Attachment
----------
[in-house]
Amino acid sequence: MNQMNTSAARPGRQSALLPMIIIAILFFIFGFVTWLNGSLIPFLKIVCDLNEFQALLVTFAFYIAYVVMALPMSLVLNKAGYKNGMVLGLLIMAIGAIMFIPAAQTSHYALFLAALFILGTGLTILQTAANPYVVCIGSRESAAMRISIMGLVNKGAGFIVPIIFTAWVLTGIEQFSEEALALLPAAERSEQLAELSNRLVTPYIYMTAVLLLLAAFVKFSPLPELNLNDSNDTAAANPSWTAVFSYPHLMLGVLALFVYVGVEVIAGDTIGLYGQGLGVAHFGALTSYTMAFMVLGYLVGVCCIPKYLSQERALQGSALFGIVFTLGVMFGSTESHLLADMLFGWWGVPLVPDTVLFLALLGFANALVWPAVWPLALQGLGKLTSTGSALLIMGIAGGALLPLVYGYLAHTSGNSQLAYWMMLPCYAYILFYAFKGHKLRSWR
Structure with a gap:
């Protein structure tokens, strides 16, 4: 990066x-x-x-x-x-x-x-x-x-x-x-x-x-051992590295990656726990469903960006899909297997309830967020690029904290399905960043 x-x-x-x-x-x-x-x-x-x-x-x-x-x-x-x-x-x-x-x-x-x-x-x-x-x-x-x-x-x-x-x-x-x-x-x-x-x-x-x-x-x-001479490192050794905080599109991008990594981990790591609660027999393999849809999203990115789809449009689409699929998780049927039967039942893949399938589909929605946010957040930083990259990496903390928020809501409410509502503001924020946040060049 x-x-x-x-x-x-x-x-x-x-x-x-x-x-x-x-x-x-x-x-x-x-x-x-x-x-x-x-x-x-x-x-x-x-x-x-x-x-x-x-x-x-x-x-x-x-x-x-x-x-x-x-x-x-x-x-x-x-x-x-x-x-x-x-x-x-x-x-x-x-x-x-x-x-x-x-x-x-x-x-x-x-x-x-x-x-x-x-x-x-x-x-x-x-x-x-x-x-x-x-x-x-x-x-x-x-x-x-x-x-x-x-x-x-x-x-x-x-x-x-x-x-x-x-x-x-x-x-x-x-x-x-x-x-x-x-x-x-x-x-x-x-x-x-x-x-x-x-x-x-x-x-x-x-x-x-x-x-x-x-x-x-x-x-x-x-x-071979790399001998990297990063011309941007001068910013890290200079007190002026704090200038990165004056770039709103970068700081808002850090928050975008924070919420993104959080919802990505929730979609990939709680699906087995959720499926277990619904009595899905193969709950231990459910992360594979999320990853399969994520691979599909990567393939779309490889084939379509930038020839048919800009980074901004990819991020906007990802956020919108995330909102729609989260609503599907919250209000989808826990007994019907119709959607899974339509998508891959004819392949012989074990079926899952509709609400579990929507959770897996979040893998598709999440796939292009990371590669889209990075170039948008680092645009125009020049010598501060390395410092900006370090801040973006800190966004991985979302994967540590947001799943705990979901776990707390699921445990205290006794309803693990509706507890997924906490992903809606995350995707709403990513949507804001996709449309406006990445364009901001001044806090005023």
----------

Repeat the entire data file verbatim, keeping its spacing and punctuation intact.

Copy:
[in-house]
Amino acid sequence: MNQMNTSAARPGRQSALLPMIIIAILFFIFGFVTWLNGSLIPFLKIVCDLNEFQALLVTFAFYIAYVVMALPMSLVLNKAGYKNGMVLGLLIMAIGAIMFIPAAQTSHYALFLAALFILGTGLTILQTAANPYVVCIGSRESAAMRISIMGLVNKGAGFIVPIIFTAWVLTGIEQFSEEALALLPAAERSEQLAELSNRLVTPYIYMTAVLLLLAAFVKFSPLPELNLNDSNDTAAANPSWTAVFSYPHLMLGVLALFVYVGVEVIAGDTIGLYGQGLGVAHFGALTSYTMAFMVLGYLVGVCCIPKYLSQERALQGSALFGIVFTLGVMFGSTESHLLADMLFGWWGVPLVPDTVLFLALLGFANALVWPAVWPLALQGLGKLTSTGSALLIMGIAGGALLPLVYGYLAHTSGNSQLAYWMMLPCYAYILFYAFKGHKLRSWR
Structure with a gap:
């Protein structure tokens, strides 16, 4: 990066x-x-x-x-x-x-x-x-x-x-x-x-x-051992590295990656726990469903960006899909297997309830967020690029904290399905960043 x-x-x-x-x-x-x-x-x-x-x-x-x-x-x-x-x-x-x-x-x-x-x-x-x-x-x-x-x-x-x-x-x-x-x-x-x-x-x-x-x-x-001479490192050794905080599109991008990594981990790591609660027999393999849809999203990115789809449009689409699929998780049927039967039942893949399938589909929605946010957040930083990259990496903390928020809501409410509502503001924020946040060049 x-x-x-x-x-x-x-x-x-x-x-x-x-x-x-x-x-x-x-x-x-x-x-x-x-x-x-x-x-x-x-x-x-x-x-x-x-x-x-x-x-x-x-x-x-x-x-x-x-x-x-x-x-x-x-x-x-x-x-x-x-x-x-x-x-x-x-x-x-x-x-x-x-x-x-x-x-x-x-x-x-x-x-x-x-x-x-x-x-x-x-x-x-x-x-x-x-x-x-x-x-x-x-x-x-x-x-x-x-x-x-x-x-x-x-x-x-x-x-x-x-x-x-x-x-x-x-x-x-x-x-x-x-x-x-x-x-x-x-x-x-x-x-x-x-x-x-x-x-x-x-x-x-x-x-x-x-x-x-x-x-x-x-x-x-x-x-071979790399001998990297990063011309941007001068910013890290200079007190002026704090200038990165004056770039709103970068700081808002850090928050975008924070919420993104959080919802990505929730979609990939709680699906087995959720499926277990619904009595899905193969709950231990459910992360594979999320990853399969994520691979599909990567393939779309490889084939379509930038020839048919800009980074901004990819991020906007990802956020919108995330909102729609989260609503599907919250209000989808826990007994019907119709959607899974339509998508891959004819392949012989074990079926899952509709609400579990929507959770897996979040893998598709999440796939292009990371590669889209990075170039948008680092645009125009020049010598501060390395410092900006370090801040973006800190966004991985979302994967540590947001799943705990979901776990707390699921445990205290006794309803693990509706507890997924906490992903809606995350995707709403990513949507804001996709449309406006990445364009901001001044806090005023």